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The Bahamas

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Bahamian art: Presenting. Uniting. Educating.

Mixed Media Blog

A delectable partnership

In the lead-up to Rum Bahamas Festival in February 2016, Guanima Press, Events by Alexandra and the National Art Gallery of The Bahamas are joining forces to bring tid-bits and tastes of things to come with the seven-part “Though the Kitchen Door” series.  
The ‘talk and taste’ events will feature talks by noted writer and anthropologist Patricia Glinton-Meicholas, whose studies and extensive knowledge of Bahamian culture will be complemented by samples of local cuisine prepared by acclaimed caterer, events manager and RumBahamas Founder Alexandra Maillis.

Hoping to offer guests deeper insight into the country’s history and social developments, Glinton-Meicholas lamented the fact that much of the information presented on The Bahamas is “simplistic”. Having travelled the country as a girl, spending time with her grandparents on various Family Islands, where her maternal grandfather was posted as a headmaster, she is today able to recall “a living Bahamian community that was not heavily influenced by the American presence, the growing tourism”.
“I thought food would be an excellent medium through which to talk about Bahamian history, social history, the people who came here and what they contributed to us,” she added.
Glinton-Meicholas is known for her comical and honest portrayals of Bahamian life and society with her “Talkin’ Bahamian” and “True-True Bahamian” books. Her written works offer a glimpse into the relationship between Bahamian society and food through their examination of ‘the peanut man’ – a Bahamian ‘fast food’ source; the familiar roadside food trucks serving up affordable breakfasts like tuna and grits; and ‘toting’.
Known for her tantalizing flavor fusions, Maillis argues that Bahamian cuisine is not a pure style of cooking, but a blend of 11 cuisines stemming from the African and European continents, U.K., East Asia, South Asia, Greece, the Creole world (which includes centers of French influence, like Haiti and Louisiana), the southern U.S., the Florida Keys, Latin Caribbean and Jamaica. It is her hope that, with Through the Kitchen Door and Glinton-Meicholas’ discussion of our creolized heritage and history, “people get a deeper understanding of who we are, and develop a little bit more broadmindedness”.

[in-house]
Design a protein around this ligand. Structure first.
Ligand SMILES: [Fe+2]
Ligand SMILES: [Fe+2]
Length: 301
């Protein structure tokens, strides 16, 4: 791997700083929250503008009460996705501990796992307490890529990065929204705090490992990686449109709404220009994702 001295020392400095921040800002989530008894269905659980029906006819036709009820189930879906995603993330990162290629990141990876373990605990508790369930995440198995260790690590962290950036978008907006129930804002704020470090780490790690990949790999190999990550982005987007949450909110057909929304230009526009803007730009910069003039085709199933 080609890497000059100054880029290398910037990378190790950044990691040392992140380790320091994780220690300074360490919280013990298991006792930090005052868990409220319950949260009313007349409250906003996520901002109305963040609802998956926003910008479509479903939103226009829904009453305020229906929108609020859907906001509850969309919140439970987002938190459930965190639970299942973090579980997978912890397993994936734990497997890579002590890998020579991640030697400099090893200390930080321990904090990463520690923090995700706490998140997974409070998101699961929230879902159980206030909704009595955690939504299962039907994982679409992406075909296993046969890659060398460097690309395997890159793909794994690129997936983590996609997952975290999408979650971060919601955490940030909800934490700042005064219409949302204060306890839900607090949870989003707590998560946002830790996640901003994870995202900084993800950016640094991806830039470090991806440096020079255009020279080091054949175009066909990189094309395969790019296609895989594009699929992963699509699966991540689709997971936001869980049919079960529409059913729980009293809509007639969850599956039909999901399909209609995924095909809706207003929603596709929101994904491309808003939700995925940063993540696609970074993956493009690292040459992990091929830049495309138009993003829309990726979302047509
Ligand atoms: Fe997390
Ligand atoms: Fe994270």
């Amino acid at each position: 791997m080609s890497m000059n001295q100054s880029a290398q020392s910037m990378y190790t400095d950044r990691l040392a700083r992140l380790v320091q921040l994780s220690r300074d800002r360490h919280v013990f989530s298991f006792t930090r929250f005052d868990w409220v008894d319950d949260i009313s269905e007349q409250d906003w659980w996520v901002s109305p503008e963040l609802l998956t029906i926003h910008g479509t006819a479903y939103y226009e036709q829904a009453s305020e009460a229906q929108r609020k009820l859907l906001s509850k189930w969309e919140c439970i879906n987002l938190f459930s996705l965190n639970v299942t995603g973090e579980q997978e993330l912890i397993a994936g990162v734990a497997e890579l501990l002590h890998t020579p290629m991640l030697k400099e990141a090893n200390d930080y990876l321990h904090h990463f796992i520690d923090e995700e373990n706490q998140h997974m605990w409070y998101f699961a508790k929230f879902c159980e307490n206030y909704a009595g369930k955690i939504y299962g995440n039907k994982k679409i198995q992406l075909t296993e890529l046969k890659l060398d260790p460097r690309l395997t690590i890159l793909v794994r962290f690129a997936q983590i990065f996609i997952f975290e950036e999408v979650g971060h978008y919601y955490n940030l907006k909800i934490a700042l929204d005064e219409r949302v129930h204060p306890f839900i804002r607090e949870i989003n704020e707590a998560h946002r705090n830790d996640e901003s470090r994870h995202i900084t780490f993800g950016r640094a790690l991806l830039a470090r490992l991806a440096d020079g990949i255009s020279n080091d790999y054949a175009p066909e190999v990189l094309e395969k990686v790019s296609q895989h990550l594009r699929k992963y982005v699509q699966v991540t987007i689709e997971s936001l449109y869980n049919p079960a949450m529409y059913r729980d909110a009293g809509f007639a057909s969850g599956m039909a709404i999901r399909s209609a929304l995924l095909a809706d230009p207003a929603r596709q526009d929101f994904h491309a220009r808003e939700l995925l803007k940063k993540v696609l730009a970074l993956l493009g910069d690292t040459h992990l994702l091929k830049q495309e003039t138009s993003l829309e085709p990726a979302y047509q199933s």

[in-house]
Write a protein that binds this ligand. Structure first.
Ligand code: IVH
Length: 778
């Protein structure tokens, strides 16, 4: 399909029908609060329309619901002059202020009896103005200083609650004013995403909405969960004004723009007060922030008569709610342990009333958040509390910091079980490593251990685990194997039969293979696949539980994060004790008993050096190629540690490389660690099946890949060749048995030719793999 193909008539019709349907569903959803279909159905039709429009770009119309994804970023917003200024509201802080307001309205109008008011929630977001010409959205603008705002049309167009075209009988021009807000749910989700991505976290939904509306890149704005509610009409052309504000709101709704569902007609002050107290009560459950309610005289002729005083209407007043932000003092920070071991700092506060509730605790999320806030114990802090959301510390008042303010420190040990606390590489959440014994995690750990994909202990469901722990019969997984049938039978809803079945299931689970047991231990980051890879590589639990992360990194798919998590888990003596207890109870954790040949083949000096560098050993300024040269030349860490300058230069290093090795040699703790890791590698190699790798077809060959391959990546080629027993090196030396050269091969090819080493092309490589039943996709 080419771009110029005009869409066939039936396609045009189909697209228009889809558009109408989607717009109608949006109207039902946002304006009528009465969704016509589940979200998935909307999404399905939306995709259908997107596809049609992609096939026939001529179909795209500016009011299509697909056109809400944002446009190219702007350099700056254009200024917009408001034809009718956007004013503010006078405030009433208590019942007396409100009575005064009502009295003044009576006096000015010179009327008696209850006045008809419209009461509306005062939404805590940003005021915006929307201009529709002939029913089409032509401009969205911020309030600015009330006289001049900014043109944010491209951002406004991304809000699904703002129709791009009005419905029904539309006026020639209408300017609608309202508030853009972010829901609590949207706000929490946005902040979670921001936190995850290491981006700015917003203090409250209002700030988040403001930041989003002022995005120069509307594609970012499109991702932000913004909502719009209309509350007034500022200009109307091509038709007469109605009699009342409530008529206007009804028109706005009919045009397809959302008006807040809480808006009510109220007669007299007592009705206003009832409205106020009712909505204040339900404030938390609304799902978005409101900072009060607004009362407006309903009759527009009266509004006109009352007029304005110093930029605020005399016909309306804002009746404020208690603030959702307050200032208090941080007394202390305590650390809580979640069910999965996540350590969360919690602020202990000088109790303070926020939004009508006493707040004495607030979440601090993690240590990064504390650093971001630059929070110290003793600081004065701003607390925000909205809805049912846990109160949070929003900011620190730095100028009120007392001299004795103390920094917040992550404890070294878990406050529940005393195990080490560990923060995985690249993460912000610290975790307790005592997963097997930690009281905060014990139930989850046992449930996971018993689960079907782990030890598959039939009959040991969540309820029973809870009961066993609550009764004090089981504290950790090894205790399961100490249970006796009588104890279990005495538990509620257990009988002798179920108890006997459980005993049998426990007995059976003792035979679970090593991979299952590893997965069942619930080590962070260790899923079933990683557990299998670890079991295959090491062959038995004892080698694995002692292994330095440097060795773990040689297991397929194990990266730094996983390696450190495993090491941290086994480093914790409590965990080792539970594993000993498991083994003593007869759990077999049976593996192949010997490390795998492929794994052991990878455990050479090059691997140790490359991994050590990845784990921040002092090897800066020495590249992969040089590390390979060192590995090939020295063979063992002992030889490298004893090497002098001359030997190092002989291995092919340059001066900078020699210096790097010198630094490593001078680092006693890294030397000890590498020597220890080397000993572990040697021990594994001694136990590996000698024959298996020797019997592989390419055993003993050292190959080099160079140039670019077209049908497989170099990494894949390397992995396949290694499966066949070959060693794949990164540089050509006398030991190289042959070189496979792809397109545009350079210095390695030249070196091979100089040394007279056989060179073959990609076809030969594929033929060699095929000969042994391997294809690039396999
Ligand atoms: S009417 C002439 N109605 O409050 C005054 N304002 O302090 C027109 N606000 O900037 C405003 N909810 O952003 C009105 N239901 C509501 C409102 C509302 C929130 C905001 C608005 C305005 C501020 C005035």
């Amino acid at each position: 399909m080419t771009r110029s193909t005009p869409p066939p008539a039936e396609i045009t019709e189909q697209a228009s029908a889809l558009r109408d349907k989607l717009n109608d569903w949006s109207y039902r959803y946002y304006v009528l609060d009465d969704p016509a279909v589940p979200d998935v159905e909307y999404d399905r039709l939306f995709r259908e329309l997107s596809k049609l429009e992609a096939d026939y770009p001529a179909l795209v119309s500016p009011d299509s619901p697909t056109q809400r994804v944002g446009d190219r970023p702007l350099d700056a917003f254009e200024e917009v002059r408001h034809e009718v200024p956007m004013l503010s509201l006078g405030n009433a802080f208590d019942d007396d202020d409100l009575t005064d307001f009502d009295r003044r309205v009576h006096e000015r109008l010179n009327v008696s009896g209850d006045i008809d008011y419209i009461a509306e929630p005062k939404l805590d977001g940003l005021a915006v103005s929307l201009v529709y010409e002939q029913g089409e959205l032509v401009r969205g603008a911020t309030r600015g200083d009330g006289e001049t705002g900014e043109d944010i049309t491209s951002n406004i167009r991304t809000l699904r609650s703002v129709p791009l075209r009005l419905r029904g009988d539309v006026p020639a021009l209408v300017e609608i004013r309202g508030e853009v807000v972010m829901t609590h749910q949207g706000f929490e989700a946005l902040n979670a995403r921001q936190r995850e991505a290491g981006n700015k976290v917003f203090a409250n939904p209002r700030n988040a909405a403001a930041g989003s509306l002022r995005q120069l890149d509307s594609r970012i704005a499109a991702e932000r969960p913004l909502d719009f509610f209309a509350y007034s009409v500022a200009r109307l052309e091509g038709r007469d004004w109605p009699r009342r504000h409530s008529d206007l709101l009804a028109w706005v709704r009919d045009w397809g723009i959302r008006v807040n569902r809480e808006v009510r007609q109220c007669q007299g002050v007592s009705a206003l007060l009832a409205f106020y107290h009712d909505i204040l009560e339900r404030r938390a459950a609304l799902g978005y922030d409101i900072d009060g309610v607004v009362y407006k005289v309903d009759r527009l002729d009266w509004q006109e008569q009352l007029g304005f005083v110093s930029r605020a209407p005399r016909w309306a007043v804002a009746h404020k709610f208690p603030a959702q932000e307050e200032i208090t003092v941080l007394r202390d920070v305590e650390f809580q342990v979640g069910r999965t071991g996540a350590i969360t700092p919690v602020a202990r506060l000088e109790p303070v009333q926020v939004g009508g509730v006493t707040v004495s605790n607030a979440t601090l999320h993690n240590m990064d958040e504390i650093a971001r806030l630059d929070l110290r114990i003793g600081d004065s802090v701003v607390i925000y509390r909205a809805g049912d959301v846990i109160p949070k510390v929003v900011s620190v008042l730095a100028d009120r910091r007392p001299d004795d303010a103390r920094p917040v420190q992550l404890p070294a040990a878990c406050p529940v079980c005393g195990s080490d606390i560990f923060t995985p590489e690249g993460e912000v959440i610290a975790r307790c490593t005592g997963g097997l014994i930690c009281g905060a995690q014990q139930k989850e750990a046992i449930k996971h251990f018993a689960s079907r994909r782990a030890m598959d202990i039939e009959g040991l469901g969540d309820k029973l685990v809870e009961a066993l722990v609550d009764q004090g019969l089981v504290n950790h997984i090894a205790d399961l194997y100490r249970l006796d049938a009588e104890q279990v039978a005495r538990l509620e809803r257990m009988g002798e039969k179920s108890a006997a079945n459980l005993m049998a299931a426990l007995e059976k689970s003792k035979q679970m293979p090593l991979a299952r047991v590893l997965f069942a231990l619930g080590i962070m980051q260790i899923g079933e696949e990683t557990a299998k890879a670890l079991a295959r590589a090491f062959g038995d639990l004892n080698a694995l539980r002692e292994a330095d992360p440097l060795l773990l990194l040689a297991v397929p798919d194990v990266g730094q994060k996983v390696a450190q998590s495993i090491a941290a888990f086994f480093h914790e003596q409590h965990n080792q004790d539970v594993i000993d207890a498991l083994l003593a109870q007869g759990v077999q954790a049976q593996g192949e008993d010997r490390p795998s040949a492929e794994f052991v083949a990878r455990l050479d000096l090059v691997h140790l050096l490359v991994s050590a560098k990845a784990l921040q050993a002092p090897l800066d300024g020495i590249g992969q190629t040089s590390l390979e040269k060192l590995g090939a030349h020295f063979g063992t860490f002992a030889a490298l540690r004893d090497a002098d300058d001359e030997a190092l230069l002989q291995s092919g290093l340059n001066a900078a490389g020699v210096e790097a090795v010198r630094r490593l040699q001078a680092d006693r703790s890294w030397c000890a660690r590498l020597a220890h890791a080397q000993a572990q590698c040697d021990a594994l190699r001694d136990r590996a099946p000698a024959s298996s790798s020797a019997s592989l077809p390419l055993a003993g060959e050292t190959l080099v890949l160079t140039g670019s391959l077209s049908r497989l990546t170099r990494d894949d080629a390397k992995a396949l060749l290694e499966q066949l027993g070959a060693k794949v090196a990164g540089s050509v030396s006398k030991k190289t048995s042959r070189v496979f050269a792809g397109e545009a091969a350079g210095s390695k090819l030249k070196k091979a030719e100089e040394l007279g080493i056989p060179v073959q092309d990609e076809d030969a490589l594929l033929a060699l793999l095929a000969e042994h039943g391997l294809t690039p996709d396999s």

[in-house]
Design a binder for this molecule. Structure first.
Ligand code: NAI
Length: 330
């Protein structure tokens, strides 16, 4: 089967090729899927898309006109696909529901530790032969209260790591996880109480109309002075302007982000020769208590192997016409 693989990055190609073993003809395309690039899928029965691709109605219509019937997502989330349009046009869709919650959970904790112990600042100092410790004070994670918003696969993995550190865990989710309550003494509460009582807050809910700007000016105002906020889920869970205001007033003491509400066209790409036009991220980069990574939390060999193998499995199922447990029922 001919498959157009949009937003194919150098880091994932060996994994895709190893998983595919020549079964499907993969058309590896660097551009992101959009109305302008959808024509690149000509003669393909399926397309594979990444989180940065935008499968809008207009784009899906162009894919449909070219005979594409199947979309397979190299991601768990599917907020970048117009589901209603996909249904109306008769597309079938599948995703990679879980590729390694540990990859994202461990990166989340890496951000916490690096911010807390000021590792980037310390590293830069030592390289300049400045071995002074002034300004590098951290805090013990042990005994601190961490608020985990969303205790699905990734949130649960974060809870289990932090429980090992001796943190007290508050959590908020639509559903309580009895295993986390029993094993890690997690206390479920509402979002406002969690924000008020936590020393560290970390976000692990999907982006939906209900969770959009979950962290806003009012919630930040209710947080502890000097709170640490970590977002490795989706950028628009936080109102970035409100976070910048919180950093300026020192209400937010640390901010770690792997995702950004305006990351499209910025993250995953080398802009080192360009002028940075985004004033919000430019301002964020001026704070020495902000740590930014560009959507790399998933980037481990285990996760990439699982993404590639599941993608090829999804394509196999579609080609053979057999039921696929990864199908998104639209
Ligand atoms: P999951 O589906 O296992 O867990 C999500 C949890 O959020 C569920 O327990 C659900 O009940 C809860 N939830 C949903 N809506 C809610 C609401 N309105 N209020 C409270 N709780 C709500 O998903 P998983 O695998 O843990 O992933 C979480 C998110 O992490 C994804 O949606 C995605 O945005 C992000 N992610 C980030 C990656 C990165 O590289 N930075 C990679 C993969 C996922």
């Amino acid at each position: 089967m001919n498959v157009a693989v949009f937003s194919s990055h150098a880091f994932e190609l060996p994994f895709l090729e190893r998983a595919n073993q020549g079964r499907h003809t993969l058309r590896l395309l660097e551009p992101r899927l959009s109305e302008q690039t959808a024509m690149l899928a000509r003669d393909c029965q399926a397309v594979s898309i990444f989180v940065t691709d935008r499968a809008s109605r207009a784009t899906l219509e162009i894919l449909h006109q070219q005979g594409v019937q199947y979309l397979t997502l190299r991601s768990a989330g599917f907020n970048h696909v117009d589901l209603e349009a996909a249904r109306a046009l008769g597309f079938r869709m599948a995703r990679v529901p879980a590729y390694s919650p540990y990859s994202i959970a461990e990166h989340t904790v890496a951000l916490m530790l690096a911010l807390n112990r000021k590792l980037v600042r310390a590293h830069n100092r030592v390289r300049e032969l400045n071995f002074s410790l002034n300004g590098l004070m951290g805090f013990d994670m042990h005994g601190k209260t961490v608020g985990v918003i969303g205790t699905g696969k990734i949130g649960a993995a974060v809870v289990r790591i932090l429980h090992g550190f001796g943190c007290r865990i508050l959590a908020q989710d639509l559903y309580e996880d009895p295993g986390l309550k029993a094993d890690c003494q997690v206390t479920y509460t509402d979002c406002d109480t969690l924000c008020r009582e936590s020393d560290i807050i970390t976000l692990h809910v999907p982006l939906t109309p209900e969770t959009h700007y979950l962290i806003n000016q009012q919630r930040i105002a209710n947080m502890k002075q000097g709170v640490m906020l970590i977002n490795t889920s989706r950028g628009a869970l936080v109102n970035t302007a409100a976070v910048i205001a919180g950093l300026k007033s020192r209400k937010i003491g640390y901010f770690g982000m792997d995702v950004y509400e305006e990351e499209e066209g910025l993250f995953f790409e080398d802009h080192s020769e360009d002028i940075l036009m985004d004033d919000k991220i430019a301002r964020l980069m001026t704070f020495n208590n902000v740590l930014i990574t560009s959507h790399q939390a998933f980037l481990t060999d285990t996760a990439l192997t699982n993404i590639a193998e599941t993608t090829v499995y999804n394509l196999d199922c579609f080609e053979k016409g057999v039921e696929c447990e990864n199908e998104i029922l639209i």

“I think it’s exciting,” she added. “The idea is to show that whole relationship and to make us open our minds a little bit about other cultures.”
The first event of the series will take place this month and will focus on the ways the Lucayans and British and African ancestry have contributed to modern Bahamian society and cuisine. An example Glinton-Meicholas cites is the Bahamian fondness for baked treats as a penchant stemming from the country’s former British leadership. This, she believes, can be contrasted with a local familiarity with root vegetables and groundnuts, such as cassava and peanuts, respectively, which have both been heavily used in Lucayan and West African cuisine.
“One of the things that I have an issue with is every time you try to talk about culture in this country, the first thing that comes up is Junkanoo, and Bahamian culture is more than that, and this is a way for us to show that than if we were to just write it in a book,” explained Neko Meicholas. “It makes it more palatable to feed it to you, to demonstrate it to you, to show you your history and culture and marry it to food… I think people will remember it better and get a fuller experience of it when it is presented as we are hoping it is.”



The first Through the Kitchen Door event will be held on July 30 at the National Art Gallery of The Bahamas. The talk and tastings begin at 6:30 p.m. Tickets for the event are $15 and can be purchased in advance at The National Art Gallery of The Bahamas.